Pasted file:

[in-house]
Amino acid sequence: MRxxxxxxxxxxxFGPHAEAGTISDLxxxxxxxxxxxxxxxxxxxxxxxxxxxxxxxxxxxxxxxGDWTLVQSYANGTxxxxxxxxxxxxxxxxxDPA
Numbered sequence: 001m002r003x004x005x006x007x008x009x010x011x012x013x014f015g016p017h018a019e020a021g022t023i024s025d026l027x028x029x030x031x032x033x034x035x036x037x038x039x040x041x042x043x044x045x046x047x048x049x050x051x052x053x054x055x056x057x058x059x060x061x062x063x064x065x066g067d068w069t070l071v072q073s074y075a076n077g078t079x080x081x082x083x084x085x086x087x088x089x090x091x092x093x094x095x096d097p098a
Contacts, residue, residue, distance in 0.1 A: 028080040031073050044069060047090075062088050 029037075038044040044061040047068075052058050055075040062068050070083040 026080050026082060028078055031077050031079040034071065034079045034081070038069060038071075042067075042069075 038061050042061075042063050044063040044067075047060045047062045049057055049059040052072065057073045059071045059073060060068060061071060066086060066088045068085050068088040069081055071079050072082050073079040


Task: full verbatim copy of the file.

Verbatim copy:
[in-house]
Amino acid sequence: MRxxxxxxxxxxxFGPHAEAGTISDLxxxxxxxxxxxxxxxxxxxxxxxxxxxxxxxxxxxxxxxGDWTLVQSYANGTxxxxxxxxxxxxxxxxxDPA
Numbered sequence: 001m002r003x004x005x006x007x008x009x010x011x012x013x014f015g016p017h018a019e020a021g022t023i024s025d026l027x028x029x030x031x032x033x034x035x036x037x038x039x040x041x042x043x044x045x046x047x048x049x050x051x052x053x054x055x056x057x058x059x060x061x062x063x064x065x066g067d068w069t070l071v072q073s074y075a076n077g078t079x080x081x082x083x084x085x086x087x088x089x090x091x092x093x094x095x096d097p098a
Contacts, residue, residue, distance in 0.1 A: 028080040031073050044069060047090075062088050 029037075038044040044061040047068075052058050055075040062068050070083040 026080050026082060028078055031077050031079040034071065034079045034081070038069060038071075042067075042069075 038061050042061075042063050044063040044067075047060045047062045049057055049059040052072065057073045059071045059073060060068060061071060066086060066088045068085050068088040069081055071079050072082050073079040